We are frequently asked by the clients that if the company has the right to monitor the employee’s corporate email account, and will it be legal in China? 

The monitoring of employee’s behavior during the working time by the employer, including the monitoring of corporate email account, QQ, MSN, etc, has become a controversial topic worldwide, which relates to the balance of the interest between the employer’s right of supervision over the employees and the personal privacy the employee enjoys.

Thursday, 21 December 2017

Bitcoin and GST in Malaysia – Cryptic Times Ahead?

Dave Ananth is a senior lawyer, a former Magistrate and advocate in Malaysia before taking up a position with the Inland Revenue Department in New Zealand as a Prosecutor. He now practises as a Tax Barrister, based in Auckland. He is an expert on Malaysian GST and a familiar speaker on the local Malaysian circuit. He also writes extensively on GST in Malaysia and other taxation issues in New Zealand.  He is a consultant for Wolters Kluwer on Malaysian GST. He can be reached at davetaxnz@gmail.com. 


Cryptocurrency, a form of digital currency is the new ‘digital money’ of the millennium. It is cash that you cannot see nor touch as it is not tangible. However, it is in the internet, mostly stored in a digital wallet and is being traded in many countries. Cryptocurrency is created by ‘miners’ using high powered computers using massive amounts of electricity.

If you have not heard about this digital currency, then you are lagging behind. It is the buzz word today with everyone jumping onto the bandwagon, and some not knowing what they are getting into.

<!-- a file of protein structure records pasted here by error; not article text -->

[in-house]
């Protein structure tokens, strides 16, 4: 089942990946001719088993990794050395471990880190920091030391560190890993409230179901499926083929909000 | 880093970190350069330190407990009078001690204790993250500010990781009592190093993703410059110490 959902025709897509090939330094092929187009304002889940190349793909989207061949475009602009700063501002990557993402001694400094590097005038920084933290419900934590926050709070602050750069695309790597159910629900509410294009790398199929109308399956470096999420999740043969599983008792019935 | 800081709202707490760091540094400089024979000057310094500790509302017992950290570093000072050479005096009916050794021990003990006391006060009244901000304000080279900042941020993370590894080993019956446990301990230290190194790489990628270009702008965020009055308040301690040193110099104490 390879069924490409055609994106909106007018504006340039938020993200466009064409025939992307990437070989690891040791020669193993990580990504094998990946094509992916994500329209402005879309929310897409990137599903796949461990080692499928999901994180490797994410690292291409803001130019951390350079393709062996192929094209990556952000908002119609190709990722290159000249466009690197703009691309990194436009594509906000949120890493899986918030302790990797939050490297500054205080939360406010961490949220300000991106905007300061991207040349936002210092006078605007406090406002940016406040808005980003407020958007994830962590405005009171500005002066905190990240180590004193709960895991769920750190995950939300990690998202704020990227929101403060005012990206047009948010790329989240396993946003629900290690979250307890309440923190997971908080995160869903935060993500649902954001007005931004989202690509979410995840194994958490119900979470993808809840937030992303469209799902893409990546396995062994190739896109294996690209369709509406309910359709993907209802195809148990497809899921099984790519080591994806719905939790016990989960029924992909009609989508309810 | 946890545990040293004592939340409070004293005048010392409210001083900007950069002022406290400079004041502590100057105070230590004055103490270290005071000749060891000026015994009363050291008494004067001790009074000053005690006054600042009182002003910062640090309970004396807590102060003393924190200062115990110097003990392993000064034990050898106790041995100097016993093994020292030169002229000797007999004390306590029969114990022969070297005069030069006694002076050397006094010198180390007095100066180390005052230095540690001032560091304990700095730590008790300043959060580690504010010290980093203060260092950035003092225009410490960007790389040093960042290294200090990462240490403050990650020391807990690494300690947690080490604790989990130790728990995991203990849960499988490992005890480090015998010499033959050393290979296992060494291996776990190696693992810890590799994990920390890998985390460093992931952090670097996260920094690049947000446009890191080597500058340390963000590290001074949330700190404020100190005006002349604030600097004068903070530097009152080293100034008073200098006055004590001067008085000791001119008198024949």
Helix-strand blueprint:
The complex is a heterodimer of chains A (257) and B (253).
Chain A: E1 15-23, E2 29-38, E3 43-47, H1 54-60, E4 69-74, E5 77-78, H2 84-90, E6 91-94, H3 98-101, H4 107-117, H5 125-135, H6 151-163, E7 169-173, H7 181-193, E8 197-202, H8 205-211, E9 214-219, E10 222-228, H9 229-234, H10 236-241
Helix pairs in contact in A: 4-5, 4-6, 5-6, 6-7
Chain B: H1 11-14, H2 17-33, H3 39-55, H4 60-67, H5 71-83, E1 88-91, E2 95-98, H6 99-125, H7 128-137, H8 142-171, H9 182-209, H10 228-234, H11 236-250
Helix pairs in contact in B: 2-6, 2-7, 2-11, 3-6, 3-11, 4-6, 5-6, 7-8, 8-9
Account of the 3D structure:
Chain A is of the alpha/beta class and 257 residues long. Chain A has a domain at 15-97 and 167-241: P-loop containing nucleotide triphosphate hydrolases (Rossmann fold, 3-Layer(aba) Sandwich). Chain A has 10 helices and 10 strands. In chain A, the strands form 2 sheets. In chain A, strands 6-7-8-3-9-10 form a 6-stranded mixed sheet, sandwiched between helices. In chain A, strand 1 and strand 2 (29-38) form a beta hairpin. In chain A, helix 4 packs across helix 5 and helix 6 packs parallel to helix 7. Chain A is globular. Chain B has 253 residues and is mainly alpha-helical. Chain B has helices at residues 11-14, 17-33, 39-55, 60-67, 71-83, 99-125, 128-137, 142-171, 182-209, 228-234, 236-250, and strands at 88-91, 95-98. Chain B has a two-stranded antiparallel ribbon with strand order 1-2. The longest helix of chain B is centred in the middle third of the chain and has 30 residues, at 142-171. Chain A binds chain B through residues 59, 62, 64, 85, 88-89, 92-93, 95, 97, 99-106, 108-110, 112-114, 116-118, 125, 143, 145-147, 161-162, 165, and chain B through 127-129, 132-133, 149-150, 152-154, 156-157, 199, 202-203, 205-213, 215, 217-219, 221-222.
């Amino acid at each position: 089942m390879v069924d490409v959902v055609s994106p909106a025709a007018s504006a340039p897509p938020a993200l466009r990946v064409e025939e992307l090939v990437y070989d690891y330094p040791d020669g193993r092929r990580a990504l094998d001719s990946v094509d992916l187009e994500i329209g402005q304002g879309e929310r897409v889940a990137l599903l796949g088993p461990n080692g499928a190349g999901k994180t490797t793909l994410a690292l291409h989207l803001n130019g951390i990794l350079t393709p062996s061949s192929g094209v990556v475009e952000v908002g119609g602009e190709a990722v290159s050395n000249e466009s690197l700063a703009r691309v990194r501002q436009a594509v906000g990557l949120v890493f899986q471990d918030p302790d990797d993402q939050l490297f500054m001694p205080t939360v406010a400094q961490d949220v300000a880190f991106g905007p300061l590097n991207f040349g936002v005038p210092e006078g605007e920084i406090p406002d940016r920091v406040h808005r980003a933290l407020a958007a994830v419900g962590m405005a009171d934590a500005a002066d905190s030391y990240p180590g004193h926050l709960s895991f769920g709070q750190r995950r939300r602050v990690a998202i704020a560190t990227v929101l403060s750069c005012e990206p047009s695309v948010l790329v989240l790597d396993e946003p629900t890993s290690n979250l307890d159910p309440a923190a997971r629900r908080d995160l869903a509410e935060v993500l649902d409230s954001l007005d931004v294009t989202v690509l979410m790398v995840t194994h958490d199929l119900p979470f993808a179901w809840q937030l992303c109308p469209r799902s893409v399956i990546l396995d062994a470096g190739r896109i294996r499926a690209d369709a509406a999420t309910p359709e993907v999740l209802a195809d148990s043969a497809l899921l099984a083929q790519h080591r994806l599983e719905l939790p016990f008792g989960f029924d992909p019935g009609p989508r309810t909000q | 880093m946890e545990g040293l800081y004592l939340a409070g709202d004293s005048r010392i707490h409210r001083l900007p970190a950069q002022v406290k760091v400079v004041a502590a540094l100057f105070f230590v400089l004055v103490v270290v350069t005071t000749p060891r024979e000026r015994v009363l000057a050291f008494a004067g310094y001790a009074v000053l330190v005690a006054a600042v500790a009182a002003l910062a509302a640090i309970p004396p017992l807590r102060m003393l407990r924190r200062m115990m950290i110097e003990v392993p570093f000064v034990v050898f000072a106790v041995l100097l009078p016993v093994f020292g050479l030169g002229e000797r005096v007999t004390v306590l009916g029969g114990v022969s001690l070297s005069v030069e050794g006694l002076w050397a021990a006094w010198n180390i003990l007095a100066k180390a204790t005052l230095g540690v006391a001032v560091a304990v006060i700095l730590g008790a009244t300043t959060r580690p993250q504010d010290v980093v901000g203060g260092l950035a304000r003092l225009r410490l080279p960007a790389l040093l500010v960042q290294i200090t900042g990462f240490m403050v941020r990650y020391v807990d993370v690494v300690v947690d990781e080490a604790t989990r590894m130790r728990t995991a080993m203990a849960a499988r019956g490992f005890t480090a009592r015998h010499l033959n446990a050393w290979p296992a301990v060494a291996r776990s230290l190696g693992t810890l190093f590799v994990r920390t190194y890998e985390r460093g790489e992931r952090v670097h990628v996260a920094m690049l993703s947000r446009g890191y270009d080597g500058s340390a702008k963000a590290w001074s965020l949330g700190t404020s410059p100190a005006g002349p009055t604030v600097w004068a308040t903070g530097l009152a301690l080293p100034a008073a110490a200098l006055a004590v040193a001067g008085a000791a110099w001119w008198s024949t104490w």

Punters predict it will change the financial landscape completely, sceptics, on the other hand, believe it would not last, akin to the Dutch Tulip Mania in the 16th century. Tulip mania was the first recorded financial bubble. Tulips became fashionable and there was a mad rush to purchase tulips – causing their prices to increase to monumental levels which after a period, dramatically collapsed. Many are cautious – with one of them being Richard Harris, who wrote a damning article equating bitcoins to speculative derivatives and why it could trigger the next global financial crash.

Some countries have banned this form of currency while others have gone ahead to recognise it, amending the law and regulations to suit. 

My intention in this article is not to advise potential investors. I do not have a crystal ball for that. Instead, this article discuss GST options for the Government to consider in giving life to Bitcoin, which is the best-known cryptocurrency. 

Tuesday, 19 December 2017

The Law on Bonus Payments

Author: Donovan Cheah (Partner) with assistance from Natalie Ng (Intern) (Donovan & Ho)

As the year comes to an end, many companies are starting to offer bonuses to reward employees for achieving specific goals, or for overall good performance. However, bonuses are normally described as “discretionary”, which is understood to mean that the employer has a right to determine whether or not to grant a bonus that particular year, or how much bonus should be given.



The recent case of All Malayan Estates Staff Union v Revertex (Malaysia) Sdn Bhd gives an interesting perspective as to how a Company should exercise its discretion in granting bonus.